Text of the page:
I’m super excited about an Easter surprise that I’m putting together for Kyle and the girls, and just the dreaming of it makes me feel close to my mama. Hopefully, it’ll stick for every year after this one. :)
|while I was out last night getting supplies for my surprise, Daddy fed the girls dinner. This is what happens when the cat's away...|
In the last couple of years, we’ve spent Easter with our “families” - either our Navy family or our church family in OK. Other than a big dinner, we haven’t done more of the traditional activities because we figured Meggie was too little to remember.
We tried last year, but ended up in the ER holding our daredevil as her forehead was stitched up and listening to the resident physician refer to AV as a “potential sibling.”
But, THIS year, our biggest girl is soaking in all kinds of new experiences and really processing them, so we’re adding into our weekend a practice Easter egg hunt in our backyard tomorrow, dying Easter eggs, and baking Easter sugar cookies. Their matching Easter dresses are freshly laundered and hanging up, white ankle socks trimmed with lace nestled in the top drawer of the dresser.
Leading up to this weekend, we’ve been adding more about why we celebrate Easter into our conversations with Meggie. Just the other day we were talking about forgiveness. How when you genuinely seek forgiveness your mistakes are wiped away - as if they never happened.
“And you know what else, Meggie? Jesus died on the cross for our sins, but that’s not the end! On the third day - on EASTER - Jesus rose from the dead. He came alive again! So that one day, when you make the decision to trust and believe in Jesus and ask Jesus to come into your heart, you can live forever with Jesus in Heaven! Meggie, he did that for you! What do you think about that?”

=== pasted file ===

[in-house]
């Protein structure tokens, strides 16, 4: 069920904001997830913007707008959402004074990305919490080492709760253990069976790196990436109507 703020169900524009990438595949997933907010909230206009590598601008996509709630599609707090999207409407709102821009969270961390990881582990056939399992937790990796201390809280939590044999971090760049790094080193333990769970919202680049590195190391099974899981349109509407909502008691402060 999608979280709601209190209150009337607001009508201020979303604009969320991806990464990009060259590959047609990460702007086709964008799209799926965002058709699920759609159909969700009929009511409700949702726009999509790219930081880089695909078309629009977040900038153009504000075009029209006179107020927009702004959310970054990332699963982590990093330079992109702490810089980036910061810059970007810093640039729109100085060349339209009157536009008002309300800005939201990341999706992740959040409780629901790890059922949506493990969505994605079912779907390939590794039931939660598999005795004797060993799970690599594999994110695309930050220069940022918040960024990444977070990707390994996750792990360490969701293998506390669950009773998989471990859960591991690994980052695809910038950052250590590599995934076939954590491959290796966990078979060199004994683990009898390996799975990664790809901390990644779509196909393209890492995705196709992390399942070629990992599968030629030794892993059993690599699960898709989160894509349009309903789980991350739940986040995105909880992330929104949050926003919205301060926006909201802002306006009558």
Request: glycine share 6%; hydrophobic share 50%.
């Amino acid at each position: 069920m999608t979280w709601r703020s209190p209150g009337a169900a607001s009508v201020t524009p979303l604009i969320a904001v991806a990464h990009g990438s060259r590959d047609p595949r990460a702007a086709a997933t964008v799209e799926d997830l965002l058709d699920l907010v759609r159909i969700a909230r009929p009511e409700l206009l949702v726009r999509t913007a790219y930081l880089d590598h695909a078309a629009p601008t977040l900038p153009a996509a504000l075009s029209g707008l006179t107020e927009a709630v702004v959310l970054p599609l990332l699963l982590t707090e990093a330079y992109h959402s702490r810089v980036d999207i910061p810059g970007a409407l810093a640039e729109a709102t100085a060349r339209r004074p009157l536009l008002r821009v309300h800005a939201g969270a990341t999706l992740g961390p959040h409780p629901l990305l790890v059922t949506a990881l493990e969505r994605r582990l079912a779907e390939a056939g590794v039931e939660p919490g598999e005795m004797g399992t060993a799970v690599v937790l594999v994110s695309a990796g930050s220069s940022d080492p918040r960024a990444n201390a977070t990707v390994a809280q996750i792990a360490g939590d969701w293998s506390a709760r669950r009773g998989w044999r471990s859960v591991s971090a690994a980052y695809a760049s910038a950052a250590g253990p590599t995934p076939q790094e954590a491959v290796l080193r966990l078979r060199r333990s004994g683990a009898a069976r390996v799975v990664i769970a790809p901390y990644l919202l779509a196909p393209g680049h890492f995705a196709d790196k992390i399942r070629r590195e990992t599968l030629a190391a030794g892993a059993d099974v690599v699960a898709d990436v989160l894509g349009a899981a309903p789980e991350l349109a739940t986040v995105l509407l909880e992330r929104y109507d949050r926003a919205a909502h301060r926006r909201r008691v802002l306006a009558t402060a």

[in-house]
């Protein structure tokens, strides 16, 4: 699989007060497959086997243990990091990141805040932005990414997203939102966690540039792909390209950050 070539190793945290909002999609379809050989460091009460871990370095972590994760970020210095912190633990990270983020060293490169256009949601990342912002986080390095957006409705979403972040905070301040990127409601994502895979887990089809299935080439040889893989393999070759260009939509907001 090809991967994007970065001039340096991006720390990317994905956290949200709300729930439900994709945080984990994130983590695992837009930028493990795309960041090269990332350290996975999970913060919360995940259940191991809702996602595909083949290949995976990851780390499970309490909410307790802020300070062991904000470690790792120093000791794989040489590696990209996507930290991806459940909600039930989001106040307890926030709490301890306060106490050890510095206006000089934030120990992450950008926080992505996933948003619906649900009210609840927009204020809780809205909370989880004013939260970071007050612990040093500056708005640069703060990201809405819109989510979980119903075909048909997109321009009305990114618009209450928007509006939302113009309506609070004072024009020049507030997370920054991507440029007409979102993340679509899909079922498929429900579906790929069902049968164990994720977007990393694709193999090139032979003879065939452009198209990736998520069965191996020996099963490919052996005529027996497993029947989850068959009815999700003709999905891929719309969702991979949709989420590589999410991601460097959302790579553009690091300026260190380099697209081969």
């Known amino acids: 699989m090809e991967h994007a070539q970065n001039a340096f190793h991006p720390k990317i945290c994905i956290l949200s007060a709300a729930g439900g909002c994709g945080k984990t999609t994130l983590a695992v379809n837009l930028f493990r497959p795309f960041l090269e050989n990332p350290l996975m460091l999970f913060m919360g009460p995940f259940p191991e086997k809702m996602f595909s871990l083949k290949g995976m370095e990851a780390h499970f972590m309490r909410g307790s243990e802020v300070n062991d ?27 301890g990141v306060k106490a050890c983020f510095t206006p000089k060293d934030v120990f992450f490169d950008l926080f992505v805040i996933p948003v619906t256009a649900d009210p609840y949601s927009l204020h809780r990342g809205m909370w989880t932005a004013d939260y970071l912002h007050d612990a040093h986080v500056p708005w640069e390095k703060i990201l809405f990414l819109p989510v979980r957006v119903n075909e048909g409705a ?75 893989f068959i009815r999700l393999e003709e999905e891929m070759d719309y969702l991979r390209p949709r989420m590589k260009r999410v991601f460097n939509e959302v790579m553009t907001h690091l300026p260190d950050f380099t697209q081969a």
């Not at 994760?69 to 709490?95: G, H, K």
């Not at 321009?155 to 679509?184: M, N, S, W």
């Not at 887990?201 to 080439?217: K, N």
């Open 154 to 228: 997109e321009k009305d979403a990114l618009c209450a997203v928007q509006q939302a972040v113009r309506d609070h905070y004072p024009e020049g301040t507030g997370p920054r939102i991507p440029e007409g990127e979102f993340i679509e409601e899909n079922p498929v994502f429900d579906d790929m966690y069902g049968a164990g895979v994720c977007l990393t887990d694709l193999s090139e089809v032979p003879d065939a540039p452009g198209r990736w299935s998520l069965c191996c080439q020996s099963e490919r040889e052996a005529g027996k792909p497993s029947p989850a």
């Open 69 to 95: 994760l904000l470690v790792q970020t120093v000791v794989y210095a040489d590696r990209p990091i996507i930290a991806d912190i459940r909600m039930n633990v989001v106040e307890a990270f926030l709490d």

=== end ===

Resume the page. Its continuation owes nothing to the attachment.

“It’s the GOOD NEWS!” She exclaimed. Oh my dear girl, she gets it.
Right now, we hunt for eggs and tie our bows and make a hundred desserts for a breaking of the bread - but when my girls are grown and getting sentimental, I hope they remember the good news most of all.
As well as the azaleas.
Er. Palm trees. :/
AND. To add to my sentimentality, I got out all of Meggie’s old 12-18 month summer clothes for AV today. AV’s bigger at her age now than Meggie was, so she’s almost out of 12 months and completely in 18, but we hadn’t needed the summer stuff in OK since we left during winter. Here, where it’s eternally summer, I’m over the moon at getting a second round out of them.
Opening the box made me teary. I have specific memories of Meggie in just about every outfit. Her first summer was one of my favorites. She was running everywhere and independent. I was finally emerging from the first-time baby shell-shock period and lost the last bits of baby weight. We were each other’s companions, and happy.
Now my AV gets to share these memories by making her own in them. How did I get so lucky?
|Here she is! Still teething.|
|Meggie's my "little mother." Such a caregiver, she saw that AV had taken her shoe off, so she sat right down to help her put it back on.|
|I love the way AV is looking at Meg. Such adoration. Or is that...your shirt looks tasty - can I have a nibble?|
|She was only 13 months old - taking off everywhere!|
|this was the face that always made people say, "MY! She does look like Kyle!" :)|